What does “eat your veggies and you can have dessert” have to do with dog training, you might ask? Any good dog trainer will tell you it has a lot to do with dog training! For those who are really into the science behind the training, they will know we are talking about the Premack Principle. Most of us living with dogs really don’t care what the scientific jargon is behind the principles, all we care about is how does this help me? (Sort of how, for dogs, what they care about is, “what’s in this for me?”)
While many people might not have heard the term Premack Principle, I am betting just about everyone has heard “eat your veggies, and you can have dessert” or “clean your room and you can go to the movie” or some variation of that theme. The Premack Principle states that someone will perform a less desirable activity in order to be able to perform a highly desirable activity. This works for people, dogs and other animals.
Good dog trainers know how to use this when training dogs. Here are a few examples when it comes to dogs:
- Sit/wait, and you can eat your dinner.
- Walk nicely on leash, and you may smell that spot where all the neighborhood dogs leave their marks.
- Walk nicely with me to the gate, sit at the gate, and you will get to enter the dog park and play with the other dogs.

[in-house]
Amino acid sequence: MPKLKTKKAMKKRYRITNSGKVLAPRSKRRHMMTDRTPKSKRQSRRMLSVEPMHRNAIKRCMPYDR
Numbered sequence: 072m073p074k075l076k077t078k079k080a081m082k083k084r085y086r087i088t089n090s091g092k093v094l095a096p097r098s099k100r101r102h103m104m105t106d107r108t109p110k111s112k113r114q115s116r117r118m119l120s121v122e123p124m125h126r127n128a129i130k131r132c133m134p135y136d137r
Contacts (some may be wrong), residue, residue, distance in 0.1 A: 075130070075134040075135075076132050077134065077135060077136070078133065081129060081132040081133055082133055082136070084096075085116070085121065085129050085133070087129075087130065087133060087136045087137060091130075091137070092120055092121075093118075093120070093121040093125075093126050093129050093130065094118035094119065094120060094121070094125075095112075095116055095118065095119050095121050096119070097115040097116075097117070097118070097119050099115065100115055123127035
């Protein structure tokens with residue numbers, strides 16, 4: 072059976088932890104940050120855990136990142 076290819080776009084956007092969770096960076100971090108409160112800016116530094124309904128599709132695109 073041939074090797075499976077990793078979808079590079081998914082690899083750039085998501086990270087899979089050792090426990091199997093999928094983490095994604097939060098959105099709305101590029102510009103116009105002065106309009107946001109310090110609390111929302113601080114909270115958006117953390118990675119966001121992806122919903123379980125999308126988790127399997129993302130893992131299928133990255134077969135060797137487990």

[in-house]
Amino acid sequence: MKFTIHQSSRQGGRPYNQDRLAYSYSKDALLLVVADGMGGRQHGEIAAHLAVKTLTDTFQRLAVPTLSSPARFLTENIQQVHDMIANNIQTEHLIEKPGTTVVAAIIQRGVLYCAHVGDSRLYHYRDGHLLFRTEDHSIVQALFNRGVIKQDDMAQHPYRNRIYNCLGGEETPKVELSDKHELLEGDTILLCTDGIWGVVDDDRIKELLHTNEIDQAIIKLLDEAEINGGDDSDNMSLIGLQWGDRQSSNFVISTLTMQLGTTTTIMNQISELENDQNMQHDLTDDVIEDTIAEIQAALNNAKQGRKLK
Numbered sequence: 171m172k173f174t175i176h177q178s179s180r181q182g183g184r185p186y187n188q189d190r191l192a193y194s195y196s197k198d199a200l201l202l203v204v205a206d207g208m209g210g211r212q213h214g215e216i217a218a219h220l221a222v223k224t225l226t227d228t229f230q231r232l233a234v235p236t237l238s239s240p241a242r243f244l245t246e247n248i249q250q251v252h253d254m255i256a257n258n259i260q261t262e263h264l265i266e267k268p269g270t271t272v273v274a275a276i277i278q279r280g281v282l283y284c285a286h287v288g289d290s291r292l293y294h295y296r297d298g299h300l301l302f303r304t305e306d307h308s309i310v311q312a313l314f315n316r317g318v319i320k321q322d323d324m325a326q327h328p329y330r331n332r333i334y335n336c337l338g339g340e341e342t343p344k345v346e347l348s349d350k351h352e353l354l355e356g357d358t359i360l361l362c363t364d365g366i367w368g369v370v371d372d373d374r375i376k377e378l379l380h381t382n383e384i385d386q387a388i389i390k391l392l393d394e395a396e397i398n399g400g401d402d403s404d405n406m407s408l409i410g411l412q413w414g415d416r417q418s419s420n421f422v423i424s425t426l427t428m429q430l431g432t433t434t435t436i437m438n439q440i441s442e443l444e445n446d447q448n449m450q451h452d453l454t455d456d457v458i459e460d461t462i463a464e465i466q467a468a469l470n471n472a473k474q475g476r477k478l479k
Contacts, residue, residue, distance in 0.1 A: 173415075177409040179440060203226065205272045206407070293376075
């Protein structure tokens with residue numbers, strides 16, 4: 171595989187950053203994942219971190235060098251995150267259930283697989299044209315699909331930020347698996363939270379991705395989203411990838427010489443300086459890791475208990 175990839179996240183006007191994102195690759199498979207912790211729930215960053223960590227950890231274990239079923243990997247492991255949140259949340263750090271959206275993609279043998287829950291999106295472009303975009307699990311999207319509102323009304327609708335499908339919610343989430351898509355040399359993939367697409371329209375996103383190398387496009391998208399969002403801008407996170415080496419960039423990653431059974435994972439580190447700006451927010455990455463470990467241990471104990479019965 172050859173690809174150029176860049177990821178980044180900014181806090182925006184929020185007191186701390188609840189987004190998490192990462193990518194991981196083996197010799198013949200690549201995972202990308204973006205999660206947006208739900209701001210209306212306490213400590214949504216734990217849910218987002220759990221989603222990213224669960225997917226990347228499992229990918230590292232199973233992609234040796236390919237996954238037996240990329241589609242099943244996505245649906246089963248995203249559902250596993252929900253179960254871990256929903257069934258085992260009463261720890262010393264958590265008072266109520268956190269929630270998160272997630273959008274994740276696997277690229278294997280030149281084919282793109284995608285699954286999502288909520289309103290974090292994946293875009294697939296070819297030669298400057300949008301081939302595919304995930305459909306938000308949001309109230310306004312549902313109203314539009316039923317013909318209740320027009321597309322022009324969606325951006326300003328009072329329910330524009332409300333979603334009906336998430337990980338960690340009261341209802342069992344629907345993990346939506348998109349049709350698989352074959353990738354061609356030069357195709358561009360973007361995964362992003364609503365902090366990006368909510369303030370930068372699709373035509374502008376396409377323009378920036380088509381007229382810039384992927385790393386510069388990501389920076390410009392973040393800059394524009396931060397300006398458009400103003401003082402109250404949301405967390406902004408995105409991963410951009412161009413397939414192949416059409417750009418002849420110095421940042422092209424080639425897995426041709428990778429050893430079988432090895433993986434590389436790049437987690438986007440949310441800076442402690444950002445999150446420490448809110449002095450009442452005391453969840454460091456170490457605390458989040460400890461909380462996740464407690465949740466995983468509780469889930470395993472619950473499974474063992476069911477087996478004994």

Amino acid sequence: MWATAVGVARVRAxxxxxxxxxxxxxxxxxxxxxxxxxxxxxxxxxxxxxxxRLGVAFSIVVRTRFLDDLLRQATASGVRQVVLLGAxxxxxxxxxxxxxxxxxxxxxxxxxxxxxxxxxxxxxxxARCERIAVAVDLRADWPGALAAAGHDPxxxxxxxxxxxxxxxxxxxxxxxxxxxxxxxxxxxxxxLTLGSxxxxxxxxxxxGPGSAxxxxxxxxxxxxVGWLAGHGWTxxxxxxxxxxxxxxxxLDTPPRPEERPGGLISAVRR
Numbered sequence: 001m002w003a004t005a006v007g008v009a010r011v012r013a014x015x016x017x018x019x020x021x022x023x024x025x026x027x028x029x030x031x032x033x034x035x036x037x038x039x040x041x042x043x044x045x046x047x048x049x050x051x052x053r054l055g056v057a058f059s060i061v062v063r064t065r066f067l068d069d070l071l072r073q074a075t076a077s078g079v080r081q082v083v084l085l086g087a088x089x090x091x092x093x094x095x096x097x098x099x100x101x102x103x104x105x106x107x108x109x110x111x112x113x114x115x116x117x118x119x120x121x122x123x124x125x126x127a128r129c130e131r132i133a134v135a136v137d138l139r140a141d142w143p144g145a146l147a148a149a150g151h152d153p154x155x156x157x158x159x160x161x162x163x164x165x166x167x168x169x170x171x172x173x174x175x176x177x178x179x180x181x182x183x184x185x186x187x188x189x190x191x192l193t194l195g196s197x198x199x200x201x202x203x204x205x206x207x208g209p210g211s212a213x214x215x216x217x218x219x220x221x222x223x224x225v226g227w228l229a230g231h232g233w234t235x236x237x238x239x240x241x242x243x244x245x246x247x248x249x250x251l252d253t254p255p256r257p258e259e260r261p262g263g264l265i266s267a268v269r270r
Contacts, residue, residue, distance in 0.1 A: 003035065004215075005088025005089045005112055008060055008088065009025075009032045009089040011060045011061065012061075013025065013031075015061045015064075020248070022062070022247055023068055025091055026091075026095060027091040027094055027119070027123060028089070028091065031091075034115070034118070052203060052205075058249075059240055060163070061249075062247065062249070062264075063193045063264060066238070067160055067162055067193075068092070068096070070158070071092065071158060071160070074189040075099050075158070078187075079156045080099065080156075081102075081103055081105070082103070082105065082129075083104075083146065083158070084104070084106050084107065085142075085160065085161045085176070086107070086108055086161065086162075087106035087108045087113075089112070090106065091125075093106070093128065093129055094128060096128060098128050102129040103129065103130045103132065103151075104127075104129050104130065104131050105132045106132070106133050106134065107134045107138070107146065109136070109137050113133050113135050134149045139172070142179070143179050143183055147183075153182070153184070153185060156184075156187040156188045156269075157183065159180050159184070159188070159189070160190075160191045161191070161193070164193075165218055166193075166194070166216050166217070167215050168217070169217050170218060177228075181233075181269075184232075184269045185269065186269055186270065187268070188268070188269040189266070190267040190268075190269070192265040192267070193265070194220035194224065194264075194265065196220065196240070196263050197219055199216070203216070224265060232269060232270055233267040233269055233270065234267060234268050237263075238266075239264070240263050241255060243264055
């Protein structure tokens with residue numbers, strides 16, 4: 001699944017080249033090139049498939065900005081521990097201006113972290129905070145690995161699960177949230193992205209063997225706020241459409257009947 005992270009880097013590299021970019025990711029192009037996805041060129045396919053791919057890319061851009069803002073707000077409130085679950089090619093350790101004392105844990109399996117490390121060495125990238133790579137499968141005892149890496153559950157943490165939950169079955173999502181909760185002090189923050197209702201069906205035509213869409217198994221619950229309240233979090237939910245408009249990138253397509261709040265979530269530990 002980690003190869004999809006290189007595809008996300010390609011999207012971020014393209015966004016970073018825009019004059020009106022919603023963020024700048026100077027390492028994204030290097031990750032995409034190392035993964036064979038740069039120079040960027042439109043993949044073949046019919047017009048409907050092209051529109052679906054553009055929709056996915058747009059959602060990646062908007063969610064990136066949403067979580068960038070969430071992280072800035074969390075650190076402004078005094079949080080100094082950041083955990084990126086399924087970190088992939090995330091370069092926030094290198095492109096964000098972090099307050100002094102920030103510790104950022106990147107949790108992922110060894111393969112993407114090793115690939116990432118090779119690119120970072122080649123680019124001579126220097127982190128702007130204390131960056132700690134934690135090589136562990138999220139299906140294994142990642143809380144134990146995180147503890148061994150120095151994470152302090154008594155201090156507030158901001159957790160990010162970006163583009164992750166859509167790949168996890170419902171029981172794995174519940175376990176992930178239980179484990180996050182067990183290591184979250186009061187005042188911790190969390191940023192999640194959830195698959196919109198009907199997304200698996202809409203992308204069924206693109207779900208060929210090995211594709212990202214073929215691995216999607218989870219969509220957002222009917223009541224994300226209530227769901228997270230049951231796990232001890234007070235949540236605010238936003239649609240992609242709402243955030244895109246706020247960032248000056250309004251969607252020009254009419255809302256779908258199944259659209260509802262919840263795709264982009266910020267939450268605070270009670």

When working with clients, I rarely use the scientific jargon. In these cases, I usually say something like: “Give your dog a job to do. Let him earn the things that matter to him.”
The other day on our walk, I had the chance to use the Premack Principle with Romeo. He was off leash on our walk and he spotted a bunny about twenty feet away. I told him to “wait” and he did. I walked over to him and lightly held is harness to remind him that he was supposed to be waiting. When he’s on leash, he knows he cannot chase and will wait. When he’s off leash, and the bunny is in close proximity, it’s far more challenging for him to make the choice I want him to make. I let go of his harness and told him to “with me” which means walk by my side or behind me but do not pass me. He did. I walked toward the bunny. Then I released him to “go” and he took off after the bunny.
I do not believe in harming any animals, so I only allow this if the bunnies are close to safety. The bunny darted into the thick scrub oak and safely got away. For Romeo, the thrill is in the chase. I don’t always allow him to chase, but it is the most valuable reward I can offer him. So I do use the opportunity when I safely can do so.
Have you used the Premack Principle today?